BY: DUSTIN BATTY
Since Rachel Carson’s Silent Spring brought environmental concerns to the public eye in 1962, there has been a steadily increasing awareness of humanity’s many unsustainable practices. Despite this increased awareness, though, most people still take little to no action toward having an environmentally sustainable lifestyle.
There are many diverse reasons that people are not living eco-friendly lives. Some people are simply unaware of the environmental crisis, for example, and others don’t believe that environmental issues such as climate change are actually the fault of human action. These people are merely lacking information and may convert to sustainable practices if they are shown the truth.
More worrisome are those who are fully aware of the human impact on the environment, and still take no reparative action. They largely fall into four main camps, which I have designated the Apathetic, the Despairing Individual, the Patiently Hopeful, and the Passive Activist.
The Apathetic are those who are familiar with the damage that humanity is doing to the Earth, but honestly don’t care. They may be nihilists, who think that nothing matters—why worry about the Earth when everything is meaningless? Or, they may think that they will not see significant negative consequences in their lifetime, and argue that it’s not their problem. People in this category will need a drastic change in their worldview before they support the environmental cause.
The Despairing Individual is the one who sees the enormous magnitude of the environmental crisis, and is overwhelmed by its scope. They believe that their individual efforts will make no difference, so they don’t bother putting any effort in. These people need to watch or read Cloud Atlas, for it words this so well: “My life amounts to no more than one drop in a limitless ocean. Yet what is any ocean, but a multitude of drops?” These people need to realize that they do not live in a vacuum. Though they are individuals, they are also part of a community, of a society, and of a species. Individually we can do very little, but together we can change the world.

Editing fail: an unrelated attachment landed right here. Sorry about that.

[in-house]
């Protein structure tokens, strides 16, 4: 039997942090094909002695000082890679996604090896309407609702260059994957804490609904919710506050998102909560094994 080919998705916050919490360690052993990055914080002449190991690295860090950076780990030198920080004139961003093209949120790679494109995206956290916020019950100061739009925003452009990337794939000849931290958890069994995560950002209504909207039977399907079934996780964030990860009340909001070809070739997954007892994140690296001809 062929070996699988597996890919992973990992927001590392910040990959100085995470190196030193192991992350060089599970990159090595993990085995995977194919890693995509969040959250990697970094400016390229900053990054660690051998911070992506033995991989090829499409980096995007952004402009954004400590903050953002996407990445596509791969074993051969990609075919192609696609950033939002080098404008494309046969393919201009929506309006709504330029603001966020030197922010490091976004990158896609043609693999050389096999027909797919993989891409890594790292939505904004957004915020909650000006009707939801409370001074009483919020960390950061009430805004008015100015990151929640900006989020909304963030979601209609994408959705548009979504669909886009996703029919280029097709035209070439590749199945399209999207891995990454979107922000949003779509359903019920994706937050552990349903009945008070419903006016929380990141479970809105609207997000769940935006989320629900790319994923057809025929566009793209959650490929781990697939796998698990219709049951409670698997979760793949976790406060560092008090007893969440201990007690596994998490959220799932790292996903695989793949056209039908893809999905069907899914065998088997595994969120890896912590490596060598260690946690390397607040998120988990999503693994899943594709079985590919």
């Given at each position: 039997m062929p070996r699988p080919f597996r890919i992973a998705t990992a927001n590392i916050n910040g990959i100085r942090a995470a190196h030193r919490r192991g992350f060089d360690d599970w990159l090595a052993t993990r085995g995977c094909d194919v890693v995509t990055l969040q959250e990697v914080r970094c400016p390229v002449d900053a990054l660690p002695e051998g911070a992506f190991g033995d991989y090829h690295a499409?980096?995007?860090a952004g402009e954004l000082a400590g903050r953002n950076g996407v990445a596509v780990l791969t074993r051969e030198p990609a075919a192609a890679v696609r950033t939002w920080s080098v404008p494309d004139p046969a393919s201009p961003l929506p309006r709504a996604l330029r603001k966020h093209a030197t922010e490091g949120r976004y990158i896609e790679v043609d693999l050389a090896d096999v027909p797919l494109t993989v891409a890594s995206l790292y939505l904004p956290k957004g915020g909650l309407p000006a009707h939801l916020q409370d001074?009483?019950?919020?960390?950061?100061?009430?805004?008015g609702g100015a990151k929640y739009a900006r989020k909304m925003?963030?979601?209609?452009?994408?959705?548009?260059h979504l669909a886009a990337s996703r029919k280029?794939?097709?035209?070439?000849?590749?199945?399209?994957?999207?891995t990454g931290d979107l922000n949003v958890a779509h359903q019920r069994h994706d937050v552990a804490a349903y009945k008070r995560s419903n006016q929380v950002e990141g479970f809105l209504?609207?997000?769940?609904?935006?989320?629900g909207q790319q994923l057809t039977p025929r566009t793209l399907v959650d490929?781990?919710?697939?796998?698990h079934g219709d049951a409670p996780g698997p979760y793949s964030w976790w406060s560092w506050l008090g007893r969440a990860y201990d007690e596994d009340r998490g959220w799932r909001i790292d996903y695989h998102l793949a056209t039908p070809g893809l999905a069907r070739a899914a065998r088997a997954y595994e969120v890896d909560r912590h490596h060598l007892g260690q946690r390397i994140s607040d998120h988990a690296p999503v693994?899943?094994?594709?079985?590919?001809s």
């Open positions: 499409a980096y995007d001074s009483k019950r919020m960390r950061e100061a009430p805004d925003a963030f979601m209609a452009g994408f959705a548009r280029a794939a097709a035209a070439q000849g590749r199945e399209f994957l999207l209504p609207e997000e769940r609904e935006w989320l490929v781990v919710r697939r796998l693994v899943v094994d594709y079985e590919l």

The Patiently Hopeful are similar to the Despairing Individuals in that they are aware of the environmental crisis, yet they do nothing to help fix it. Their motivation is quite different, though; rather than worry that nothing can be done, the Patiently Hopeful are fully confident that we will come up with a solution to all of our problems sometime in The Future. The Future is a magical pastoral place where everyone lives happily and all of the current world issues have been resolved. The main problem with this view is that they are so confident in everyone else’s abilities that they see no need to put in any effort of their own toward making The Future happen. People in this category need to realize that The Future isn’t going to just pop into existence one day, and that if it’s going to become a reality, we’re going to need their help.
Finally, the Passive Activist. These people are not only aware of the environmental crisis; they keep up to date on all of the latest developments. They read environmental books and articles, they watch environmental documentaries. They even recycle. They are constantly informing their friends and families about the harm that humans are doing to the planet, and prophesizing doom if this or that governmental regulation is not changed. But they don’t actually do anything to help. Even recycling isn’t that environmentally friendly (as I’ve mentioned previously); it’s much better to minimize consumption than to buy the same amount and just recycle some of it.
These people feel bad about humanity’s role in the destruction of the ecosphere, and that makes them feel like they are part of the solution. Unfortunately, awareness isn’t enough. Some of them are simply lacking direction; they want to help the world, but they don’t know how to. These people just need to be introduced to a specific cause that they can join, perhaps a local conservation effort. The others, those who are satisfied with keeping informed about the environment but are not willing to actually change their way of living to help fix it, need to realize that large-scale environmental damage control can only happen if everyone plays their part.
To recap, the environmental crisis is a real and imminent threat, and solving it will require an active effort from everyone. Ignorant, apathetic, patient, despairing, and passive attitudes won’t cut it. We need people to get on board with saving the world before it’s too late.